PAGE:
Pope Francis Denounces Atrocities in Syria: Prays for Victims and Peace

Syria atrocity

Pope Francis called again for an end to the fighting in Syria, denouncing the "multiplication of massacres and atrocious acts," including the suspected chemical weapons attack that left hundreds dead.

As U.N. weapons inspectors received permission from the Syrian government on Aug. 25 to visit the site of the alleged attack, Pope Francis said the "terrible images" of the dead, including children, "push me once again to raise a voice so that the roar of the weapons would stop."

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"It is not clashes, but an ability to meet and to dialogue that offers prospects for a hope of resolving the problems," the pope said after reciting the Angelus with visitors in St. Peter's Square.

Once again the pope asked the crowd to join him in praying that Mary, queen of peace, would intercede to stop the fighting that has raged in Syria since March 2011 as rebels try to oust Syrian President Bashar Assad.

"From the depths of my heart, I want to express my closeness in prayer and solidarity with all the victims of this conflict (and) all those who are suffering, especially the children, and ask them to keep their hopes for peace alive," the pope said.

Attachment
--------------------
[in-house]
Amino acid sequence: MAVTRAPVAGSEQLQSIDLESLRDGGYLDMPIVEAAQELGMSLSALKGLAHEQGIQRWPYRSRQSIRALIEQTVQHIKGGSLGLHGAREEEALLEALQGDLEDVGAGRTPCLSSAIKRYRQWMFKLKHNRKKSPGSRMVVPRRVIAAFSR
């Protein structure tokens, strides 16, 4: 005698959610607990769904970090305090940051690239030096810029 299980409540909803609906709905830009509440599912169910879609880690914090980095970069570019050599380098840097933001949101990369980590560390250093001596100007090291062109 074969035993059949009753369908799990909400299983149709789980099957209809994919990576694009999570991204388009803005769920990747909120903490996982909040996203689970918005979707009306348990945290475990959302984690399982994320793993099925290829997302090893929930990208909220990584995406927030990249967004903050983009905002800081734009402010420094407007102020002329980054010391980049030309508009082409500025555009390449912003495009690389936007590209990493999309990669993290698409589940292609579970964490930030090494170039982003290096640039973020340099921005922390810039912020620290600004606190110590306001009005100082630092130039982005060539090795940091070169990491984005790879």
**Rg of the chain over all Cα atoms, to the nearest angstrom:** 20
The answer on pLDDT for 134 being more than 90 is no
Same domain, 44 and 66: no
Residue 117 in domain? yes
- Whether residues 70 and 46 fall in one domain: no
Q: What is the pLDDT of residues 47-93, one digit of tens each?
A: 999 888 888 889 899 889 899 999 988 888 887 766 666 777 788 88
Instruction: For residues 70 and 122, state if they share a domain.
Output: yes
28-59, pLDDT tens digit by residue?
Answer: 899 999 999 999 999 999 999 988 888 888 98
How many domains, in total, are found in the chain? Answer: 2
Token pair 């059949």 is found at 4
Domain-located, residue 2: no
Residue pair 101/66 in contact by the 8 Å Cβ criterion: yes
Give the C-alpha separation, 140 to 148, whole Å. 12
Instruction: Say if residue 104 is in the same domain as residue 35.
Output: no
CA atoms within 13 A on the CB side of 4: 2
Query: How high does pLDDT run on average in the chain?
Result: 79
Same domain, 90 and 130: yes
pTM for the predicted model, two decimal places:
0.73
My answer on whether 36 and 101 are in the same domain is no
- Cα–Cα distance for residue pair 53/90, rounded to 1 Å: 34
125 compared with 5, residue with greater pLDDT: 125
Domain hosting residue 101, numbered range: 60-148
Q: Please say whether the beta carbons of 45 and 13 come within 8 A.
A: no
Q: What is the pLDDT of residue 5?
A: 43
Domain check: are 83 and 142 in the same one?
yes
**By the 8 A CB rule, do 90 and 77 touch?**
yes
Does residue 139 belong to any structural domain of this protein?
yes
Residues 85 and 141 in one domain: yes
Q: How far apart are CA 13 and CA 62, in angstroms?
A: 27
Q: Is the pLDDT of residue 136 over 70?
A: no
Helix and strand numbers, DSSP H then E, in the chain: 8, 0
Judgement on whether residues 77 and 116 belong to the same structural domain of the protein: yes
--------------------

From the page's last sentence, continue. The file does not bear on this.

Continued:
He asked the international community to pay more attention to the conflict in Syria and help the nation's people "find a solution to this war that is sowing destruction and death."

Archbishop Mario Zenari, the Vatican nuncio to Syria, told Vatican Radio Aug. 25 that looking at the images of the alleged chemical attack, "I hear the cry of these children, these innocent victims."

At the same time, he said he prayed that the leaders of both sides in the conflict as well as leaders in the international community "would be gifted with much wisdom and much prudence" as they decide how to move forward.

"We must do so in a way that these crimes, these massacres never happen again," the archbishop said. "We must find the most appropriate and opportune means to react, ways that will not complicate the situation."

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Beth Cioffoletti
5 years 1 month ago
As the US debates whether or not to get involved - which means primarily military intervention and supplying weapons (agents of killing) to one side or the other - what about more immediate humanitarian help. I read that Syrian doctors ran out of atropine, the antidote to chemical poison. What about sending more of that as well as doctors and nurses and aides to help the dire medical crisis? Is there a way that we can be nonviolently involved?

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